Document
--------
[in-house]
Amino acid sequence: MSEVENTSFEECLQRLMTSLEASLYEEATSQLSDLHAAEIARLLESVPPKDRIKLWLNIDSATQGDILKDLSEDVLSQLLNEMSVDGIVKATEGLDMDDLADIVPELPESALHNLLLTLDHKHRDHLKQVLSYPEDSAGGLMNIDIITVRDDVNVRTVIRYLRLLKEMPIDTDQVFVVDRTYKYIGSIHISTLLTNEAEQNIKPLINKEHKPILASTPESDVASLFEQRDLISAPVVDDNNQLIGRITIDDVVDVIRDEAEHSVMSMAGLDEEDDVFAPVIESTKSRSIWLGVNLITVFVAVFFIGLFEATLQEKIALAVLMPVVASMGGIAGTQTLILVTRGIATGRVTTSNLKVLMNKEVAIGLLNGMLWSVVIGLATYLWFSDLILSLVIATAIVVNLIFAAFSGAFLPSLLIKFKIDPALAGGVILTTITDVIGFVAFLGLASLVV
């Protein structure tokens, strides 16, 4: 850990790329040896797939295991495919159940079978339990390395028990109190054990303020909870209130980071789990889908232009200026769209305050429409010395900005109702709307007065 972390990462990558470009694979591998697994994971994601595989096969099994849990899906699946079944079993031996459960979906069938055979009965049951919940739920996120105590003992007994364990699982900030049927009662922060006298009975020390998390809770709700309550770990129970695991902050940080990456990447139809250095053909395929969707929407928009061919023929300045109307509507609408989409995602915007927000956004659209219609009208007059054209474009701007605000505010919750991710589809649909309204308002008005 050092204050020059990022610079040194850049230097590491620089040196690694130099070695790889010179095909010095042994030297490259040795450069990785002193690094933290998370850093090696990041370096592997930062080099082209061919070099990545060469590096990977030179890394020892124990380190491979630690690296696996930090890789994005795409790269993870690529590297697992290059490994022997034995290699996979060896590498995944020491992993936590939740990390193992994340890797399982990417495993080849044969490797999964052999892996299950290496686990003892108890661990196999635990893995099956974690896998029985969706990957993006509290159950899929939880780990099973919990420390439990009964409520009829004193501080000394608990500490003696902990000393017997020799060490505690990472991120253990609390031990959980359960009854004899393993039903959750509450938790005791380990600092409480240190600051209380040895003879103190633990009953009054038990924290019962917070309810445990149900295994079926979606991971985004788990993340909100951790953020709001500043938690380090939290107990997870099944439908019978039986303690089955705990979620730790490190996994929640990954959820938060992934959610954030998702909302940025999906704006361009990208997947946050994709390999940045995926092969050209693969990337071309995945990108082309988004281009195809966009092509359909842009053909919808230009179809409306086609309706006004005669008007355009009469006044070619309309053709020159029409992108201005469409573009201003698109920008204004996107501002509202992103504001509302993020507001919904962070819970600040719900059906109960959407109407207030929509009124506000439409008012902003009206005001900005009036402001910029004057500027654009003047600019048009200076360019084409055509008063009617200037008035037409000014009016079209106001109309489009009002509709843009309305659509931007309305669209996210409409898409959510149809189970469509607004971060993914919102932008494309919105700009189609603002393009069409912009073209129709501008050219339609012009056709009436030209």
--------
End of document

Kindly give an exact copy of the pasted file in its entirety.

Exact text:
[in-house]
Amino acid sequence: MSEVENTSFEECLQRLMTSLEASLYEEATSQLSDLHAAEIARLLESVPPKDRIKLWLNIDSATQGDILKDLSEDVLSQLLNEMSVDGIVKATEGLDMDDLADIVPELPESALHNLLLTLDHKHRDHLKQVLSYPEDSAGGLMNIDIITVRDDVNVRTVIRYLRLLKEMPIDTDQVFVVDRTYKYIGSIHISTLLTNEAEQNIKPLINKEHKPILASTPESDVASLFEQRDLISAPVVDDNNQLIGRITIDDVVDVIRDEAEHSVMSMAGLDEEDDVFAPVIESTKSRSIWLGVNLITVFVAVFFIGLFEATLQEKIALAVLMPVVASMGGIAGTQTLILVTRGIATGRVTTSNLKVLMNKEVAIGLLNGMLWSVVIGLATYLWFSDLILSLVIATAIVVNLIFAAFSGAFLPSLLIKFKIDPALAGGVILTTITDVIGFVAFLGLASLVV
């Protein structure tokens, strides 16, 4: 850990790329040896797939295991495919159940079978339990390395028990109190054990303020909870209130980071789990889908232009200026769209305050429409010395900005109702709307007065 972390990462990558470009694979591998697994994971994601595989096969099994849990899906699946079944079993031996459960979906069938055979009965049951919940739920996120105590003992007994364990699982900030049927009662922060006298009975020390998390809770709700309550770990129970695991902050940080990456990447139809250095053909395929969707929407928009061919023929300045109307509507609408989409995602915007927000956004659209219609009208007059054209474009701007605000505010919750991710589809649909309204308002008005 050092204050020059990022610079040194850049230097590491620089040196690694130099070695790889010179095909010095042994030297490259040795450069990785002193690094933290998370850093090696990041370096592997930062080099082209061919070099990545060469590096990977030179890394020892124990380190491979630690690296696996930090890789994005795409790269993870690529590297697992290059490994022997034995290699996979060896590498995944020491992993936590939740990390193992994340890797399982990417495993080849044969490797999964052999892996299950290496686990003892108890661990196999635990893995099956974690896998029985969706990957993006509290159950899929939880780990099973919990420390439990009964409520009829004193501080000394608990500490003696902990000393017997020799060490505690990472991120253990609390031990959980359960009854004899393993039903959750509450938790005791380990600092409480240190600051209380040895003879103190633990009953009054038990924290019962917070309810445990149900295994079926979606991971985004788990993340909100951790953020709001500043938690380090939290107990997870099944439908019978039986303690089955705990979620730790490190996994929640990954959820938060992934959610954030998702909302940025999906704006361009990208997947946050994709390999940045995926092969050209693969990337071309995945990108082309988004281009195809966009092509359909842009053909919808230009179809409306086609309706006004005669008007355009009469006044070619309309053709020159029409992108201005469409573009201003698109920008204004996107501002509202992103504001509302993020507001919904962070819970600040719900059906109960959407109407207030929509009124506000439409008012902003009206005001900005009036402001910029004057500027654009003047600019048009200076360019084409055509008063009617200037008035037409000014009016079209106001109309489009009002509709843009309305659509931007309305669209996210409409898409959510149809189970469509607004971060993914919102932008494309919105700009189609603002393009069409912009073209129709501008050219339609012009056709009436030209």